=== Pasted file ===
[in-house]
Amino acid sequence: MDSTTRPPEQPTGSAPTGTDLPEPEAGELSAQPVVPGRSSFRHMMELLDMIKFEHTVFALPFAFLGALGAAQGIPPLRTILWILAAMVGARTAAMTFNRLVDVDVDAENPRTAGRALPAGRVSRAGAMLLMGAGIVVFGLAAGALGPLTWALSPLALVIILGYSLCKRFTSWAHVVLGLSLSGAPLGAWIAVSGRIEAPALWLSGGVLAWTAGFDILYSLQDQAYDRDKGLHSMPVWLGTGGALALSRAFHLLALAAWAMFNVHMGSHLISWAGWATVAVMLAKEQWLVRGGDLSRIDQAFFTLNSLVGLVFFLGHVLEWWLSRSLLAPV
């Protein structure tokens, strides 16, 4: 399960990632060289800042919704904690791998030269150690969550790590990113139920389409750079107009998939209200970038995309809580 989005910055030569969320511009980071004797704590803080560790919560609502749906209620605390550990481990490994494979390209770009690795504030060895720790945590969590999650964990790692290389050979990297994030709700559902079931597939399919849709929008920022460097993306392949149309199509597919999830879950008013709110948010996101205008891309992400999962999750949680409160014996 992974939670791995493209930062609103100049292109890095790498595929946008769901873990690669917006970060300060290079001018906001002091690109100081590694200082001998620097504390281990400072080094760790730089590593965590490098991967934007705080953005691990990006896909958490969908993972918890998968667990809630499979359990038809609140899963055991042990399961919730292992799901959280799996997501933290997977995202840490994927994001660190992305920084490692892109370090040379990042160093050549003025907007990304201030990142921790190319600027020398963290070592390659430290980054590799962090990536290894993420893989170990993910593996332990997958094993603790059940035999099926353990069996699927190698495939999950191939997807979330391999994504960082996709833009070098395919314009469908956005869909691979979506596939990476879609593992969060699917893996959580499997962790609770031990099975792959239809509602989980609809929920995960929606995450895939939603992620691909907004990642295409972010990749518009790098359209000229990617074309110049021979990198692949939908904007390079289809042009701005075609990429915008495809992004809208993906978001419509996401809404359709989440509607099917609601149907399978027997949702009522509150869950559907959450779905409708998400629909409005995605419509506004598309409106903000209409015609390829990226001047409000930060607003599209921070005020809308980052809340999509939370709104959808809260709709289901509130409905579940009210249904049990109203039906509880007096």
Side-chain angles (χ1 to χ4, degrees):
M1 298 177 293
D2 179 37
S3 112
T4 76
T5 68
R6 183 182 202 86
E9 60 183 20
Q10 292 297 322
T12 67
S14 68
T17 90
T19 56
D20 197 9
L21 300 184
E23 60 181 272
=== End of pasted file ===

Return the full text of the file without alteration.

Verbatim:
[in-house]
Amino acid sequence: MDSTTRPPEQPTGSAPTGTDLPEPEAGELSAQPVVPGRSSFRHMMELLDMIKFEHTVFALPFAFLGALGAAQGIPPLRTILWILAAMVGARTAAMTFNRLVDVDVDAENPRTAGRALPAGRVSRAGAMLLMGAGIVVFGLAAGALGPLTWALSPLALVIILGYSLCKRFTSWAHVVLGLSLSGAPLGAWIAVSGRIEAPALWLSGGVLAWTAGFDILYSLQDQAYDRDKGLHSMPVWLGTGGALALSRAFHLLALAAWAMFNVHMGSHLISWAGWATVAVMLAKEQWLVRGGDLSRIDQAFFTLNSLVGLVFFLGHVLEWWLSRSLLAPV
């Protein structure tokens, strides 16, 4: 399960990632060289800042919704904690791998030269150690969550790590990113139920389409750079107009998939209200970038995309809580 989005910055030569969320511009980071004797704590803080560790919560609502749906209620605390550990481990490994494979390209770009690795504030060895720790945590969590999650964990790692290389050979990297994030709700559902079931597939399919849709929008920022460097993306392949149309199509597919999830879950008013709110948010996101205008891309992400999962999750949680409160014996 992974939670791995493209930062609103100049292109890095790498595929946008769901873990690669917006970060300060290079001018906001002091690109100081590694200082001998620097504390281990400072080094760790730089590593965590490098991967934007705080953005691990990006896909958490969908993972918890998968667990809630499979359990038809609140899963055991042990399961919730292992799901959280799996997501933290997977995202840490994927994001660190992305920084490692892109370090040379990042160093050549003025907007990304201030990142921790190319600027020398963290070592390659430290980054590799962090990536290894993420893989170990993910593996332990997958094993603790059940035999099926353990069996699927190698495939999950191939997807979330391999994504960082996709833009070098395919314009469908956005869909691979979506596939990476879609593992969060699917893996959580499997962790609770031990099975792959239809509602989980609809929920995960929606995450895939939603992620691909907004990642295409972010990749518009790098359209000229990617074309110049021979990198692949939908904007390079289809042009701005075609990429915008495809992004809208993906978001419509996401809404359709989440509607099917609601149907399978027997949702009522509150869950559907959450779905409708998400629909409005995605419509506004598309409106903000209409015609390829990226001047409000930060607003599209921070005020809308980052809340999509939370709104959808809260709709289901509130409905579940009210249904049990109203039906509880007096």
Side-chain angles (χ1 to χ4, degrees):
M1 298 177 293
D2 179 37
S3 112
T4 76
T5 68
R6 183 182 202 86
E9 60 183 20
Q10 292 297 322
T12 67
S14 68
T17 90
T19 56
D20 197 9
L21 300 184
E23 60 181 272